The State ex rel. McCuller, Appellant,
Ghee, Chairperson, Appellee.
87 Ohio St.3d 580
Submitted November 16, 1999
Appeal from the Court of Appeals for Madison County, No. CA99-02-005.
Charles D. McCuller, pro se.
Betty D. Montgomery, Attorney General, and Jihad M. Smaili, Assistant Attorney General, for appellee.
In 1980, the Cuyahoga County Court of Common Pleas convicted appellant, Charles D. McCuller, of two counts of rape, one count of attempted rape, and one count of felonious assault, and sentenced him to prison. McCuller was paroled on four separate occasions, the latest being May 1995. In July 1995, McCuller was arrested, and he was subsequently found to have violated his parole conditions. In October 1998, following a parole hearing, the parole board continued McCuller's next parole hearing until the year 2001. The parole board found that release was inappropriate, in part due to McCuller's four separate violations of his prison's disciplinary conduct rules since his 1995 arrest.
In February 1999, McCuller filed a complaint in the Court of Appeals for Madison County for a writ of mandamus to compel appellee, Ohio Adult Parole Authority ("APA") Chairperson Margarette T. Ghee, to provide an earlier parole hearing. McCuller claimed that the Parole Board's decision to continue his next parole hearing until 2001 violated the APA's internal guidelines and constituted vindictive retaliation for his filing of a separate mandamus action in 1997 challenging the constitutionality of his last parole revocation hearing. The court of appeals granted Ghee's motion for summary judgment and denied the writ.
This cause is now before the court upon an appeal as of right.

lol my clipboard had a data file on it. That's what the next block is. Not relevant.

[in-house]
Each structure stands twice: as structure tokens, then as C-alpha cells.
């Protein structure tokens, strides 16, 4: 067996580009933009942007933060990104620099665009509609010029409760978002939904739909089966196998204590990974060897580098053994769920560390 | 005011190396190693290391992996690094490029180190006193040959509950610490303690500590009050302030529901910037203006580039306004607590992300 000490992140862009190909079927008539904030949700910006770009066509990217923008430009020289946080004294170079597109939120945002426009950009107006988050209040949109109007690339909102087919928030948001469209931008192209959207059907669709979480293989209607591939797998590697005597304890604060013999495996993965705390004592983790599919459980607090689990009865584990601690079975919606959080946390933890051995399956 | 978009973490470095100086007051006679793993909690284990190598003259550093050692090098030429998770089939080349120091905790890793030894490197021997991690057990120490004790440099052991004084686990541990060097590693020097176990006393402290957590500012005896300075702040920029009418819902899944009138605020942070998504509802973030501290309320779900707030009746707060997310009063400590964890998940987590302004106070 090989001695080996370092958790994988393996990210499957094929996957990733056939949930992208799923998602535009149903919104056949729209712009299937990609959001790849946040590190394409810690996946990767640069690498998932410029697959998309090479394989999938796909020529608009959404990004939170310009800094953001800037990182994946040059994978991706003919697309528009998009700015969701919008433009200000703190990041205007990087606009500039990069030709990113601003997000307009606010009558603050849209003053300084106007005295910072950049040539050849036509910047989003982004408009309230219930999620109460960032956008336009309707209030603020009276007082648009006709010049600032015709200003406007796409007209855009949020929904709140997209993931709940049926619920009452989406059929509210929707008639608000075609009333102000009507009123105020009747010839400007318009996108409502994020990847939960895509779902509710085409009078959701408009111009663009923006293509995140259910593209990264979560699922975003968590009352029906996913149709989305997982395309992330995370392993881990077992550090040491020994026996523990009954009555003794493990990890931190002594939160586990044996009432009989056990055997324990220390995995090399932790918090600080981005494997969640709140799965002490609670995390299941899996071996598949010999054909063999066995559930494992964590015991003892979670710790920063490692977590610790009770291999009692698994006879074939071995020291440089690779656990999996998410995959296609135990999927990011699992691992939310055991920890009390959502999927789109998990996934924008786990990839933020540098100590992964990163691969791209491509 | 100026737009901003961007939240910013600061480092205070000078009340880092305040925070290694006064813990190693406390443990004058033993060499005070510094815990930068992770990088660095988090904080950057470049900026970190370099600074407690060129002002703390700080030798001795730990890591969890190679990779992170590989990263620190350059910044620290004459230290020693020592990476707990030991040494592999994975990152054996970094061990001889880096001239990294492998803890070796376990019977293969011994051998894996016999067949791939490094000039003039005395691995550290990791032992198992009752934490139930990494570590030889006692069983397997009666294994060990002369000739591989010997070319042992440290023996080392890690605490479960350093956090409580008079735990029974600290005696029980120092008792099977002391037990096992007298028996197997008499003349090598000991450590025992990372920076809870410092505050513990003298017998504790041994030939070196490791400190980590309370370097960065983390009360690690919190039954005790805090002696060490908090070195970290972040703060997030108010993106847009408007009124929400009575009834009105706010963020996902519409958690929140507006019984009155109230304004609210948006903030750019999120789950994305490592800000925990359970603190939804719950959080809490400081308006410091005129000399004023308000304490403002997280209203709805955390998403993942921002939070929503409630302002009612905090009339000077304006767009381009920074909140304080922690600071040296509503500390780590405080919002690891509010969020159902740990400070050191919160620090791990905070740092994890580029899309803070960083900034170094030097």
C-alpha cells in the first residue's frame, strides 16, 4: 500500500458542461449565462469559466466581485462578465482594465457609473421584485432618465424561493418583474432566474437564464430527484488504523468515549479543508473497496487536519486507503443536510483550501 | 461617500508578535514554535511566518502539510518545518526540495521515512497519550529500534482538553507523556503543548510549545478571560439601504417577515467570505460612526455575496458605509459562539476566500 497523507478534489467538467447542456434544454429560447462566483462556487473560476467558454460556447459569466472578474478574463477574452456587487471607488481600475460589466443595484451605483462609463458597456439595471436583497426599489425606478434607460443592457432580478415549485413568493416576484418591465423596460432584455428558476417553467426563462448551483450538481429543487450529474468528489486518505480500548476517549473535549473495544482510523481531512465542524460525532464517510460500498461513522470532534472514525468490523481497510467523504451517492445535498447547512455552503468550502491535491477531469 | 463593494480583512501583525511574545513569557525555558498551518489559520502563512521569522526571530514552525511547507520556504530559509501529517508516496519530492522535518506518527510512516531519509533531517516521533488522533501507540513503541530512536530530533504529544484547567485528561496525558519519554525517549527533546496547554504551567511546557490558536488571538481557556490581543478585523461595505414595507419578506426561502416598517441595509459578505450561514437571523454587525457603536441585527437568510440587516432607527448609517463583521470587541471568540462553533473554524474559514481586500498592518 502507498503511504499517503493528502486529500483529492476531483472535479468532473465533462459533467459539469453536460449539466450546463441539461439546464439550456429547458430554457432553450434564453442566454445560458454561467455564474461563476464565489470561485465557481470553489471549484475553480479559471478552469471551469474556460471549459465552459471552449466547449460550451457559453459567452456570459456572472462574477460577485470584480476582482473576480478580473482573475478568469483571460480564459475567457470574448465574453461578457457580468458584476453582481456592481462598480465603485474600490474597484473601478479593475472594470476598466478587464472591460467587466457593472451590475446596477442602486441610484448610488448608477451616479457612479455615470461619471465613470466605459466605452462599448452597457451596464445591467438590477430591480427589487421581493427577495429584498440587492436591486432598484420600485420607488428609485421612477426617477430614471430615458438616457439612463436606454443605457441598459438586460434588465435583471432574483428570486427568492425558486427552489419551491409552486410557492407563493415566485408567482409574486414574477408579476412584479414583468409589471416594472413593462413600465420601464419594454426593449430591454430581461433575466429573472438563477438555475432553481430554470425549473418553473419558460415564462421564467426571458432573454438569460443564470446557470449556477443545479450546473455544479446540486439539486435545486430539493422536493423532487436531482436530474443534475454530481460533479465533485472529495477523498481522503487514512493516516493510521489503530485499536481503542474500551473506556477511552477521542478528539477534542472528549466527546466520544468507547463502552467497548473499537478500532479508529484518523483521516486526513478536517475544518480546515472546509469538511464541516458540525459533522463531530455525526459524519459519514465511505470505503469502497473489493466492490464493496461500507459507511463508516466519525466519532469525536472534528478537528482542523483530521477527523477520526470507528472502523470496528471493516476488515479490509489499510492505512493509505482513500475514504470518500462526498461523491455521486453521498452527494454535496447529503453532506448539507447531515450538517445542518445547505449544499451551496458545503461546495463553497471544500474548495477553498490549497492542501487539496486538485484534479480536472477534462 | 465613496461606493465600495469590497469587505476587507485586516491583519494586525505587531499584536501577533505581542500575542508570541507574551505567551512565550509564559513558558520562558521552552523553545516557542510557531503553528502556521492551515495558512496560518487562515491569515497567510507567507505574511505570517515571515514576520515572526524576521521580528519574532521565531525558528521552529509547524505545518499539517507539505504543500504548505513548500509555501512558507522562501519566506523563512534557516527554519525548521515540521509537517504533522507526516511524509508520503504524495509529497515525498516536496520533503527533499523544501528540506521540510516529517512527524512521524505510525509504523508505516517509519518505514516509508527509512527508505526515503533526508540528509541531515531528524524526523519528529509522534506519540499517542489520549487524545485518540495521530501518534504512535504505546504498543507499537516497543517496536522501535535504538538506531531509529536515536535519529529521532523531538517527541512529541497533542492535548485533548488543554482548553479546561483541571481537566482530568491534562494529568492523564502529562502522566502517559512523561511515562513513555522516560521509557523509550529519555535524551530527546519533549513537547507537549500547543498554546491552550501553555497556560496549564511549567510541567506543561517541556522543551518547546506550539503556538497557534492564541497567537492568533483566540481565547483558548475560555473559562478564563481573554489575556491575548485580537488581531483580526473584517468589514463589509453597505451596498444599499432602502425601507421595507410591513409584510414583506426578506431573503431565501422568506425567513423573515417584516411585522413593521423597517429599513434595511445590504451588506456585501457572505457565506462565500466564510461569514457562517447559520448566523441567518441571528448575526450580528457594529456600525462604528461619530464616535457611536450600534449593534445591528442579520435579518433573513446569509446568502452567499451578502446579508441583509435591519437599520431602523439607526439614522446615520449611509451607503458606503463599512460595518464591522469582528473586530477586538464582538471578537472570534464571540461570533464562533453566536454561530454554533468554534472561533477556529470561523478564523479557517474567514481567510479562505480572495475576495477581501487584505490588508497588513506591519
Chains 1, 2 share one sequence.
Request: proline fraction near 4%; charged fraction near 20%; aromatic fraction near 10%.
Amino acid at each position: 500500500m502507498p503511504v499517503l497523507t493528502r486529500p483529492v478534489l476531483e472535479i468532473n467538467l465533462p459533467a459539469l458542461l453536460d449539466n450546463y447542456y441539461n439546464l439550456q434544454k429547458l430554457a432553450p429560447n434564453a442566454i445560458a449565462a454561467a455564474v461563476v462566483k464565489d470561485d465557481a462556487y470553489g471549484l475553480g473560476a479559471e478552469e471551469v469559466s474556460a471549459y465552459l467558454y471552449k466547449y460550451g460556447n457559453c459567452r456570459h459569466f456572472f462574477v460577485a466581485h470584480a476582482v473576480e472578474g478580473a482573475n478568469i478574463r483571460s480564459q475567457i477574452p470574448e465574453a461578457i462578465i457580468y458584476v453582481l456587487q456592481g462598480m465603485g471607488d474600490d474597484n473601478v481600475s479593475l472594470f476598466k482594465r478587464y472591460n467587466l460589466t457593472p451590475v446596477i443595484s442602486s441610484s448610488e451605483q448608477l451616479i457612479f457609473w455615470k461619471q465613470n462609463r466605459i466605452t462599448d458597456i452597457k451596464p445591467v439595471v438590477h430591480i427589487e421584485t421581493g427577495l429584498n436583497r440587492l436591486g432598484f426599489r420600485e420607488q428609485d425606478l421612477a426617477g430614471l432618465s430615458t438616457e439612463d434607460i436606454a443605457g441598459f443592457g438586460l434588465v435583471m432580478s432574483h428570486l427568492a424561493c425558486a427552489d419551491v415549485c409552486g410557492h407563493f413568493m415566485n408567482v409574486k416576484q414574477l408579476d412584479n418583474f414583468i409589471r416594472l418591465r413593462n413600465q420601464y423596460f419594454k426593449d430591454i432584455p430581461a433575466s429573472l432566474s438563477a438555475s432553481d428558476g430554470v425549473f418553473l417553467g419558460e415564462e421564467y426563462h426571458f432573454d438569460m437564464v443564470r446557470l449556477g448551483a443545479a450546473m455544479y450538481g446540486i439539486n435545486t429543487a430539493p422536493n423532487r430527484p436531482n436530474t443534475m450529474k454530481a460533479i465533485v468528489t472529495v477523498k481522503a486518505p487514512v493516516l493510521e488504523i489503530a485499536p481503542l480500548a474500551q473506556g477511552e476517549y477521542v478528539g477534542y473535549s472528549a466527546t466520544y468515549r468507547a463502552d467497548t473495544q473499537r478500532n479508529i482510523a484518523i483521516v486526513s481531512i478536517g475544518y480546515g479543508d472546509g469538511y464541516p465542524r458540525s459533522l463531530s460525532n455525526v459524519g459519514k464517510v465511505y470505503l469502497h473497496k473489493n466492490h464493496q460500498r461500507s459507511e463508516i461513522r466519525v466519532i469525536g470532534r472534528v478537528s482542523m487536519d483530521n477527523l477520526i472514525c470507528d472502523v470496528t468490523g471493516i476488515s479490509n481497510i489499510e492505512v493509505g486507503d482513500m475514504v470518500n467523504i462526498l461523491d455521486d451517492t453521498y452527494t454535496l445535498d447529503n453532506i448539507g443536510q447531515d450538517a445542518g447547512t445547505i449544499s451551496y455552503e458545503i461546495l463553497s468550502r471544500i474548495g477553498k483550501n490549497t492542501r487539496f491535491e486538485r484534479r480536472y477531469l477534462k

McCuller asserts that the court of appeals erred in denying the writ. For the following reasons, McCuller's contentions lack merit.
McCuller has no constitutional or statutory right to the earlier consideration of parole. State ex rel. Henderson v. Ohio Dept. of Rehab. & Corr. (1998), 81 Ohio St.3d 267, 268, 690 N.E.2d 887, 888. The APA's internal guidelines do not alter the discretionary nature of its parole determination. State ex rel. Vaughn v. Ohio Adult Parole Auth. (1999), 85 Ohio St.3d 378, 379, 708 N.E.2d 720, 721.
Moreover, as the court of appeals observed, the fact that McCuller had been paroled on four previous occasions within a seven-year period did not support McCuller's claim that he was being treated differently from other inmates. The evidence establishes that the Parole Board did not act vindictively. Instead, the Parole Board was justifiably concerned that McCuller was a risk to society because of his history of four previous parole revocations and four violations of prison disciplinary conduct rules since his last revocation. See Hattie v. Anderson (1994), 68 Ohio St.3d 232, 235, 626 N.E.2d 67, 70-71.
Based on the foregoing, we affirm the judgment of the ...